"I don't think we're totally out of the woods yet," said Jan Hatzius, Chief United States economist for Goldman Sachs. "There are some real problems at the foundations of the economy. If nothing really bad happens, we can muddle through and unwind some of these problems over a lengthy period of time. And if something bad happens, we go into a recession."
So there it is, that depressing "R word" again, but pushed all the way down in the story. In journalism we used to call this "burying the lead."

Clearly the recession threat hasn't gone away. Not at all! As for "bad things" to fear, that surely includes the expected jump in oil prices and more unemployment. The actual rise reported in unemployment was minimized in most of the press accounts. (On Sunday, London's Observer reported: "Tens of thousands of New York bankers are braced for a crippling round of job cuts as the aftershocks of the credit-market collapse reverberate the length and breadth of Wall Street.")

Says Ethan Harris, the Chief United States Economist at Lehman Brothers, "We're likely to go through an extended period of slow economic growth. We're likely to see a further drop in the job market, a further rise in the unemployment rate, and, ultimately the fed will come back again and cut interest rates."

So there you have it, expectations of more bad news and hopes for another intervention by the Fed. These experts quoted in the stories actually contradict the upbeat tone of the stories and their headlines. Next month's Jobs Report will have to factor in the 100,000 plus jobs lost in finance and housing which have already occurred but are not yet reflected in the statistics.

In other words, these reports, like the coverage that say the surge is working in Iraq, are selective and inflated. They are aimed more at influencing perceptions than providing truth.

My questions: How do they get away with this? Why does the market buy it? Why does the press do it? And what are they leaving out?

Businessman and financial analyst Eric Janszen says our economy is increasingly showing the features of a Banana Republic, with low-paid government and service jobs for all. He writes on his website iTulip.com that the private goods producing sector so vital to a sound economy is shrinking:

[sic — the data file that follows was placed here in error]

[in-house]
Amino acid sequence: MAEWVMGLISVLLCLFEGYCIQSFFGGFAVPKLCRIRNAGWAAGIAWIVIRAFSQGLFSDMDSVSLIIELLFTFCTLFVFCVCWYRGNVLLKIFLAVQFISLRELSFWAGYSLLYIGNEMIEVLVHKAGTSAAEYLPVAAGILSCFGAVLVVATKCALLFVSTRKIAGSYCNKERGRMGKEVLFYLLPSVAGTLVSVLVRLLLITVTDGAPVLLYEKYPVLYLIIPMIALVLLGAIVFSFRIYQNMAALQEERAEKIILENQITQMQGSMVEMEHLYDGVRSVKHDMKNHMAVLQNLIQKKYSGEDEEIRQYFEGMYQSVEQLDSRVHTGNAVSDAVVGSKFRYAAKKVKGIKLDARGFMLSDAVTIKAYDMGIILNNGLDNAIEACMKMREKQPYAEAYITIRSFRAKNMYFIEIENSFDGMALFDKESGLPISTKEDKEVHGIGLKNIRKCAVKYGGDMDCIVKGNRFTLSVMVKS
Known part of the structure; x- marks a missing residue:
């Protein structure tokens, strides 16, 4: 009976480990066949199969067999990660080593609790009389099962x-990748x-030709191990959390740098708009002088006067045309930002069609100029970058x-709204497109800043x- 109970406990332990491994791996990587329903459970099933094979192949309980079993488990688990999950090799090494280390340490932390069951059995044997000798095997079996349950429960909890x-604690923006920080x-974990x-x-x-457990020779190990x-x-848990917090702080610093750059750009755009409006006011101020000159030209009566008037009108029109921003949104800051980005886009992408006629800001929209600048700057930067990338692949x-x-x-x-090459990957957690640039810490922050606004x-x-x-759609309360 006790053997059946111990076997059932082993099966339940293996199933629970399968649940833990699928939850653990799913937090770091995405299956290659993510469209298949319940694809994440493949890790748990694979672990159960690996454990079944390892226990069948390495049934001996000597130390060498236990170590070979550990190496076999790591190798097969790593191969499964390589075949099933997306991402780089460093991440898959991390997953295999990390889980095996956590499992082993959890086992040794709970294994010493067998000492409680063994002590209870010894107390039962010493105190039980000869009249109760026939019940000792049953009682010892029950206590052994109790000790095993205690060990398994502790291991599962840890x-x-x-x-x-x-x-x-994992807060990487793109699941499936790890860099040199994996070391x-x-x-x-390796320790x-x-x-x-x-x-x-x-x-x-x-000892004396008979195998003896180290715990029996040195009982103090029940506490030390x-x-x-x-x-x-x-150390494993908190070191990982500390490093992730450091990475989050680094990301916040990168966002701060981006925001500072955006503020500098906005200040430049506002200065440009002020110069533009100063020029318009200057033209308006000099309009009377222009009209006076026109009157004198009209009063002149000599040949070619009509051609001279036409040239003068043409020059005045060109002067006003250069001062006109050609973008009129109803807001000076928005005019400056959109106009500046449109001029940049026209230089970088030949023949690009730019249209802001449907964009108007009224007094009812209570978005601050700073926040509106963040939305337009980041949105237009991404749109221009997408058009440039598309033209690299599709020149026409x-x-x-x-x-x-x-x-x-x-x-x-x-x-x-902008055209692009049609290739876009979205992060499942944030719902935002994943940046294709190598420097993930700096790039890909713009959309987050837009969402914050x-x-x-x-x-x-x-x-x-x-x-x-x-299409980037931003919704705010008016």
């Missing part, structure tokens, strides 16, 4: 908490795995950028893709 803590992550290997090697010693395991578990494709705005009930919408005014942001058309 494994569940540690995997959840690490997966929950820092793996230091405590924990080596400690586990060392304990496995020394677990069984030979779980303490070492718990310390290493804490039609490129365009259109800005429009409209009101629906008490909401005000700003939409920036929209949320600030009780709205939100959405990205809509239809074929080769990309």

"Construction firms cut 14,000 jobs in September, Factories slashed 18,000. Retailers got rid of just over 5,000 jobs. Financial services companies eliminated 14,000 slots.
However, gains in education and health services, professional services, leisure and hospitality, and in government work more than offset those losses, leading to a net gain in new jobs in September."
Jobs in government now parallel jobs in the good producing sector, he reports, as the dollar is being depreciated.

"The magic of a depreciating currency is working," he writes. "Foreign investors are buying UBRA (United Banana Republic of America) stocks and other assets at fire sale prices. Tourism is up as visitors from Asia, Europe, Canada and all other countries whose currencies have appreciated... visit the US for a cheap UBRA vacation, driving leisure and hospitality jobs within the service sector where most of the job growth occurred."

And wages? They are not rising as fast as prices. His conclusion:
"Suppression of wage increases has been the centerpiece of monetary and government policy to manage inflation in the Production/Consumption Economy since 1980. Given the difficulty in acquiring legitimate measures of actual inflation rates in the US economy, there is no way of telling whether these wage increases translate into increased purchasing power. Given the rise of oil and other commodity prices, it seems doubtful. In fact, it looks like the UBRA is going full-bore banana republic, including wage and price inflation to maintain employment going into an election year."
So there you have it: politically influenced numbers, another reason not to trust the mainstream media and search out more thoughtful analysis elsewhere.

As the old saying holds, "Figures lie and liars figure."
Danny Schechter spent eight years working for ABC News. He now edits Mediachannel.org [0]. Info on his latest film at InDebtWeTrust.com [0]. Comments to Dissector@mediachannel.org